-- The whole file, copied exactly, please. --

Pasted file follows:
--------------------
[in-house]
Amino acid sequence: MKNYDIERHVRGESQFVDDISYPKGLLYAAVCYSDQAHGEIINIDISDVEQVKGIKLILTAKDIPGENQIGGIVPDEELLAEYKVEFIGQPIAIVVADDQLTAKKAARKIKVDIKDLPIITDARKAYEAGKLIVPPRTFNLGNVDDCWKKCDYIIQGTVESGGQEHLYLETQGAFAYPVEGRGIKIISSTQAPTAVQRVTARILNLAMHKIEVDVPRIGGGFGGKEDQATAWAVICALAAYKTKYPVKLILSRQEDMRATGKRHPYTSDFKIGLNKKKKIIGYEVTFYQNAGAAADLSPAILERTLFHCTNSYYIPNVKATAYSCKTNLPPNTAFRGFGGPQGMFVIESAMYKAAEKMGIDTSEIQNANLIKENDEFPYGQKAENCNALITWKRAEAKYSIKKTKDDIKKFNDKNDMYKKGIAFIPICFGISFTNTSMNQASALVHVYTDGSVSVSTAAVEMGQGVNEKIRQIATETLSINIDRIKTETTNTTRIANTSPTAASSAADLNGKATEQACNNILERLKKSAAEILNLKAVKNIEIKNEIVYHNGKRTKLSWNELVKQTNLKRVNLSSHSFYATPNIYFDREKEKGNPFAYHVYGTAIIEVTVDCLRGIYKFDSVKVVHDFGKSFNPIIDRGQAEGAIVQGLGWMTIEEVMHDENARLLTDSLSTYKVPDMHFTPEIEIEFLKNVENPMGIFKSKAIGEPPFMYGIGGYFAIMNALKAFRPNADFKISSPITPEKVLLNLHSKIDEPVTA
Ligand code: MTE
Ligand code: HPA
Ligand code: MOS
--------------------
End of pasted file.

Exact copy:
[in-house]
Amino acid sequence: MKNYDIERHVRGESQFVDDISYPKGLLYAAVCYSDQAHGEIINIDISDVEQVKGIKLILTAKDIPGENQIGGIVPDEELLAEYKVEFIGQPIAIVVADDQLTAKKAARKIKVDIKDLPIITDARKAYEAGKLIVPPRTFNLGNVDDCWKKCDYIIQGTVESGGQEHLYLETQGAFAYPVEGRGIKIISSTQAPTAVQRVTARILNLAMHKIEVDVPRIGGGFGGKEDQATAWAVICALAAYKTKYPVKLILSRQEDMRATGKRHPYTSDFKIGLNKKKKIIGYEVTFYQNAGAAADLSPAILERTLFHCTNSYYIPNVKATAYSCKTNLPPNTAFRGFGGPQGMFVIESAMYKAAEKMGIDTSEIQNANLIKENDEFPYGQKAENCNALITWKRAEAKYSIKKTKDDIKKFNDKNDMYKKGIAFIPICFGISFTNTSMNQASALVHVYTDGSVSVSTAAVEMGQGVNEKIRQIATETLSINIDRIKTETTNTTRIANTSPTAASSAADLNGKATEQACNNILERLKKSAAEILNLKAVKNIEIKNEIVYHNGKRTKLSWNELVKQTNLKRVNLSSHSFYATPNIYFDREKEKGNPFAYHVYGTAIIEVTVDCLRGIYKFDSVKVVHDFGKSFNPIIDRGQAEGAIVQGLGWMTIEEVMHDENARLLTDSLSTYKVPDMHFTPEIEIEFLKNVENPMGIFKSKAIGEPPFMYGIGGYFAIMNALKAFRPNADFKISSPITPEKVLLNLHSKIDEPVTA
Ligand code: MTE
Ligand code: HPA
Ligand code: MOS